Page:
Adair says advances in neoprene have made all the difference. But he and Moran aren’t just suited up in skin-tight wetsuits: They also sport wrist knives, lead weight belts, elongated free-diving fins and dive lights. They look set to save the world. I, too, find myself immersed in the Clayoquot Sound under the foggy sunshine. No free-diving for me, though, as I’m not certified. But I’m good to go in a wetsuit and snorkelling gear, and gamely do a backward plunge off the side of the boat, hitting the ice-cold water with a yelp. I flipper my way through swaying blades of kelp that look like streamers at a prom night for sea monsters. I tear off a piece, remove my snorkel and nibbled on it. It was translucent green and silky smooth, snappy in bite, cold and salty in taste. According to Agriculture and Agri-Food Canada, the coast of British Columbia is home to an estimated 530 macroalgae species, and approximately 650,000 tonnes of wild kelp. In other words, it’s abundant and thus okay to eat up. And so I did – in the ocean and elsewhere on the island.
After all, there are many ways to enjoy this delicious yield. At the Pointe Restaurant at the Wickaninnish Inn, I relish a head-turner of a dish in sea lettuce-cured scallops with peas and green onions. At Picnic Charcuterie, I sample cheese and charcuterie, including a sea sausage (cured pork with paprika, ginger and locally harvested wild kelp). At Tofino Brewing Co., amid an industrial-chic space with rolling garage doors, I drink a rich and caramelly Kelp Stout.
And don’t get me started on dinner at Wolf in the Fog: A mezcal cocktail infused and garnished with winged kelp arrived alongside plump, fried oysters with a seaweed mayo that includes macro kelp from Bamfield Marine Sciences Centre – which grows and harvests wild kelp then dries it in a curing shed before shipping it near and far. Seared albacore tuna on a seaweed salad is serious sustainable luxury. Even the roasted lamb sirloin has a kelp jus and comes topped with a toasted seaweed crumble. The meal is admirable in every way.
Back in the ocean, there are a few small commercial fishing boats about, but mostly it’s just us bobbing around, Adair and Moran disappearing underwater for four minutes at a time while my mind flits to the survivor-horror thriller Open Water. They’re looking for mussels, rockfish (Adair is even sporting a spearfishing rod), sea cucumber, gooseneck barnacles, urchin and tons of seaweed – macro kelp, bull kelp, galleria kelp – most of which they harvest from the island rock faces before loading their treasures into their green mesh sacks.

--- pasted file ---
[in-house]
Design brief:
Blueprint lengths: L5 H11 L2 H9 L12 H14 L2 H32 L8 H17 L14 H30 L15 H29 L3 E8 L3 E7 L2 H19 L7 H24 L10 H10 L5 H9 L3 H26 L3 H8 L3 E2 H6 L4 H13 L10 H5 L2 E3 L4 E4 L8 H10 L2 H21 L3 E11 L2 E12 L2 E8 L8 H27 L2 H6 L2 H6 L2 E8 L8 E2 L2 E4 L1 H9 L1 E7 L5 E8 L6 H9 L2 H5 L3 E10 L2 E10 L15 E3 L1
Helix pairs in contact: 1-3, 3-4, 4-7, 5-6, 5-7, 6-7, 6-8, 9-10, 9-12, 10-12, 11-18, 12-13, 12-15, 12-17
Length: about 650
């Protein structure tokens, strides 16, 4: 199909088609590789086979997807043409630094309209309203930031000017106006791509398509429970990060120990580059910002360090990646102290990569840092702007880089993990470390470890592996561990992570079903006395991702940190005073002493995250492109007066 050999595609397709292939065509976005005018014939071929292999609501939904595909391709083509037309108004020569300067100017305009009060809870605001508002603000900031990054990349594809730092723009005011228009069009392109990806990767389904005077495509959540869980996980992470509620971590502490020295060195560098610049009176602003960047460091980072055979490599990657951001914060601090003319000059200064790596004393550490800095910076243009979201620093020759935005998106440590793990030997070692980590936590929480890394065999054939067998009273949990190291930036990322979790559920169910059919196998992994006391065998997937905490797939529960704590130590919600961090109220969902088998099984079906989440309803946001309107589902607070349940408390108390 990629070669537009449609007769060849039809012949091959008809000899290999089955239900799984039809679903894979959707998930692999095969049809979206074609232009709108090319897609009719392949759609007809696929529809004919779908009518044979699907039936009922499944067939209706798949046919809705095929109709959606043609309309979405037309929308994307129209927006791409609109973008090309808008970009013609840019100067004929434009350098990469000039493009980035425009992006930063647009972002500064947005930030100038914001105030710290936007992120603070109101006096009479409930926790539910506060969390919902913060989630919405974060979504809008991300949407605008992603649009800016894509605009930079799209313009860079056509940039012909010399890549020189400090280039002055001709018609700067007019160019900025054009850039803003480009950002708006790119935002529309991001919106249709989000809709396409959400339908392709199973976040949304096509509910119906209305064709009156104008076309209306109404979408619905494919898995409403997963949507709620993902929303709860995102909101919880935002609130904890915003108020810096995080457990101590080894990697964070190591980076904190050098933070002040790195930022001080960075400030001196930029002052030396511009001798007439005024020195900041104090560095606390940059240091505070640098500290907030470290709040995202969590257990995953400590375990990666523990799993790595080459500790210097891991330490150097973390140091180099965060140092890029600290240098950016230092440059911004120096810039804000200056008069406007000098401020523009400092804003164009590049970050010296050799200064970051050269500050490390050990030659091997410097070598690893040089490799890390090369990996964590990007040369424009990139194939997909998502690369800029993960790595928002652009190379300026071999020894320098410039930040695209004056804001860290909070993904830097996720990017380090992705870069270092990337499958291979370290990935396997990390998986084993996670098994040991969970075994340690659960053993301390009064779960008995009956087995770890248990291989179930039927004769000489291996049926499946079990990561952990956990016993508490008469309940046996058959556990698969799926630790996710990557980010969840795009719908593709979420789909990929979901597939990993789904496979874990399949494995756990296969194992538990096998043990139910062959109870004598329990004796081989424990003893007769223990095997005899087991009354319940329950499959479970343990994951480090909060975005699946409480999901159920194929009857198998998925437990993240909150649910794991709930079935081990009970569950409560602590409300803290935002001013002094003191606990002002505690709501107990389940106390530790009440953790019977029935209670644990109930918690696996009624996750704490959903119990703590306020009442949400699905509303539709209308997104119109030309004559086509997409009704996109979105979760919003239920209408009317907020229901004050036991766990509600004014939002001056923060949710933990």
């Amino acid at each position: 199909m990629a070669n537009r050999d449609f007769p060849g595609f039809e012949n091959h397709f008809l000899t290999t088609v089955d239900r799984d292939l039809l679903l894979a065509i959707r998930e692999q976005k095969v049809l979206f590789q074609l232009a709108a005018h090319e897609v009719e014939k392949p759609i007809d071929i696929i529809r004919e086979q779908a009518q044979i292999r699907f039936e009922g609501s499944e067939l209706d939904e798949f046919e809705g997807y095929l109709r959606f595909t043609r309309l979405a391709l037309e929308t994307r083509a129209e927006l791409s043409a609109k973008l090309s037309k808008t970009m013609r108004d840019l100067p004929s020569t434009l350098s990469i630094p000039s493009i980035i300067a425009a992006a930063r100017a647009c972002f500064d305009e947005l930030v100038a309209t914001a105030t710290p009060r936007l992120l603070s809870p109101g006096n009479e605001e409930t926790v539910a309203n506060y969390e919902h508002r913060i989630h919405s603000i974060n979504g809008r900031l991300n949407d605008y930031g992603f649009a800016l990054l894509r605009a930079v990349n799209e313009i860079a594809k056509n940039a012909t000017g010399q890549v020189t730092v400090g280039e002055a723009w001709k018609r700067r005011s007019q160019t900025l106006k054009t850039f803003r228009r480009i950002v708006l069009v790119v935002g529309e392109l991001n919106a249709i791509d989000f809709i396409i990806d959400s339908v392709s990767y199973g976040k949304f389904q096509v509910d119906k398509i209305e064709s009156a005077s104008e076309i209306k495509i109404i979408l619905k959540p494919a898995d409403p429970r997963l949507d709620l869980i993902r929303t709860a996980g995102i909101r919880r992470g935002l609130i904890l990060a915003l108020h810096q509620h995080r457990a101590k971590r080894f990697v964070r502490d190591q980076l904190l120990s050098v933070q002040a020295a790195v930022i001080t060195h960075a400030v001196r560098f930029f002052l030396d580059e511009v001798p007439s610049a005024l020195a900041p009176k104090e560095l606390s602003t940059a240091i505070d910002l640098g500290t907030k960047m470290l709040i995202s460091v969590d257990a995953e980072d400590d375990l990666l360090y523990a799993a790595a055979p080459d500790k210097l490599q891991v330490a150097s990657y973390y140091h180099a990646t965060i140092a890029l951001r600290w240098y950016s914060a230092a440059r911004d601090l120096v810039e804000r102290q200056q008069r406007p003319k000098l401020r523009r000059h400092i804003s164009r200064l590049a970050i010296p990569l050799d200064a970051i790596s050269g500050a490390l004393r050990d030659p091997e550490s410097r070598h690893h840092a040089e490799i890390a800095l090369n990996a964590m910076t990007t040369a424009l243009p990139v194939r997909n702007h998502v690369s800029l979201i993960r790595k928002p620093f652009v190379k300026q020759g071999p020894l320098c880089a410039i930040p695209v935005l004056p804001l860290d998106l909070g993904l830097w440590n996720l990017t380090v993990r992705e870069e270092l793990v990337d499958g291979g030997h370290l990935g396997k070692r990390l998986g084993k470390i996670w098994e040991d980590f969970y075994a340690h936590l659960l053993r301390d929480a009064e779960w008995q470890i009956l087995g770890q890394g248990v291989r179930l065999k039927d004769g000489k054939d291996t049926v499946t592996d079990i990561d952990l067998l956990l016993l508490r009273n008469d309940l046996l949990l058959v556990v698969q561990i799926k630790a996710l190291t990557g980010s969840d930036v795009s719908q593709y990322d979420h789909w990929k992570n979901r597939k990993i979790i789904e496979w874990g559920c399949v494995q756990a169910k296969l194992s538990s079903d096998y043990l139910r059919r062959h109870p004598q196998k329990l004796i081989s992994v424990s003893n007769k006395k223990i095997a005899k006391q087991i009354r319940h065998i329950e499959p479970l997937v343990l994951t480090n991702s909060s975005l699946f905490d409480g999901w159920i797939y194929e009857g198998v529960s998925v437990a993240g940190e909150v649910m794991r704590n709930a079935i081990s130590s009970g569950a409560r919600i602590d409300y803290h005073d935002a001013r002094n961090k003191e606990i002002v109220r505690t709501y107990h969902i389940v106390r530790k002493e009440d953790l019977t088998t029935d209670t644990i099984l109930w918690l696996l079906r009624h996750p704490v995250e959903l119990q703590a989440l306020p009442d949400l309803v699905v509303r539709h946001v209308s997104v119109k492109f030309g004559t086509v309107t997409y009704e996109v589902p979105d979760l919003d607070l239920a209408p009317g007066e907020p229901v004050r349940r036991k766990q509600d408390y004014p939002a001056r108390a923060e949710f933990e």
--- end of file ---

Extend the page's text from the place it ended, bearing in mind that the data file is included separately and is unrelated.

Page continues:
“The water is so cold and fresh,” Adair says. “Everything tastes amazing coming out of it.”
That it does.
If you go
Harbour Air is North America’s first fully carbon-neutral airline, and its seaplanes take passengers shore to shore. We took off from Vancouver Harbour and landed at the dock in Tofino an hour later.
Tofino Resort and Marina isn’t just convenient – I was in my room five minutes after landing and it’s a seven-minute walk to town – it’s also a hub for comfortable accommodations, great food and water adventures from the marina’s Adventure Centre, from paddleboard bear-watching to the less-daunting hot springs or whale-watching tours.
Bottom Dwellers offers hand-harvesting and snorkelling courses, as well as free-dive certification, in Tofino and Victoria. You will not find a more passionate or knowledgeable instructor than Chris Adair.
Seaweed Festival happens in the spring, and is an immersive food-themed experience that includes an expert-guided seaweed beach walk, seaweed-pickling workshop and seaweed-themed meals at Tofino’s best tables.
The writer was a guest of Tofino Resort and Marine. It did not review or approve this article.